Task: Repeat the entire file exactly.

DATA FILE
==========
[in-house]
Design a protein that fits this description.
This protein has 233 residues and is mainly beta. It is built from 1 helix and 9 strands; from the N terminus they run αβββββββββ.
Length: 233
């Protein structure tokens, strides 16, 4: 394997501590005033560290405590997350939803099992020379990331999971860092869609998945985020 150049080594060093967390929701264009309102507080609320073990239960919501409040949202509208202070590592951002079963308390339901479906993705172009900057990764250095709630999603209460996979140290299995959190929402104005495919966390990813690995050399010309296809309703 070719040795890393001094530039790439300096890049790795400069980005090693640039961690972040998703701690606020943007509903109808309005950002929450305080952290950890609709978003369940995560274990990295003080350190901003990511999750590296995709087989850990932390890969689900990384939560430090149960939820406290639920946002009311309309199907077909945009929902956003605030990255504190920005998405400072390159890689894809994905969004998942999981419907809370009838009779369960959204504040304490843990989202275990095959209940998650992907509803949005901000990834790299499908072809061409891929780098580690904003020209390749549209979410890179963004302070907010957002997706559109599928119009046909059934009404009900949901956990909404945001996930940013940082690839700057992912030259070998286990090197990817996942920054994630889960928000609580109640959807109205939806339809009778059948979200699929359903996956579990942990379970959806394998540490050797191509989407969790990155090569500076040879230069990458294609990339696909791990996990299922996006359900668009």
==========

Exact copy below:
[in-house]
Design a protein that fits this description.
This protein has 233 residues and is mainly beta. It is built from 1 helix and 9 strands; from the N terminus they run αβββββββββ.
Length: 233
């Protein structure tokens, strides 16, 4: 394997501590005033560290405590997350939803099992020379990331999971860092869609998945985020 150049080594060093967390929701264009309102507080609320073990239960919501409040949202509208202070590592951002079963308390339901479906993705172009900057990764250095709630999603209460996979140290299995959190929402104005495919966390990813690995050399010309296809309703 070719040795890393001094530039790439300096890049790795400069980005090693640039961690972040998703701690606020943007509903109808309005950002929450305080952290950890609709978003369940995560274990990295003080350190901003990511999750590296995709087989850990932390890969689900990384939560430090149960939820406290639920946002009311309309199907077909945009929902956003605030990255504190920005998405400072390159890689894809994905969004998942999981419907809370009838009779369960959204504040304490843990989202275990095959209940998650992907509803949005901000990834790299499908072809061409891929780098580690904003020209390749549209979410890179963004302070907010957002997706559109599928119009046909059934009404009900949901956990909404945001996930940013940082690839700057992912030259070998286990090197990817996942920054994630889960928000609580109640959807109205939806339809009778059948979200699929359903996956579990942990379970959806394998540490050797191509989407969790990155090569500076040879230069990458294609990339696909791990996990299922996006359900668009």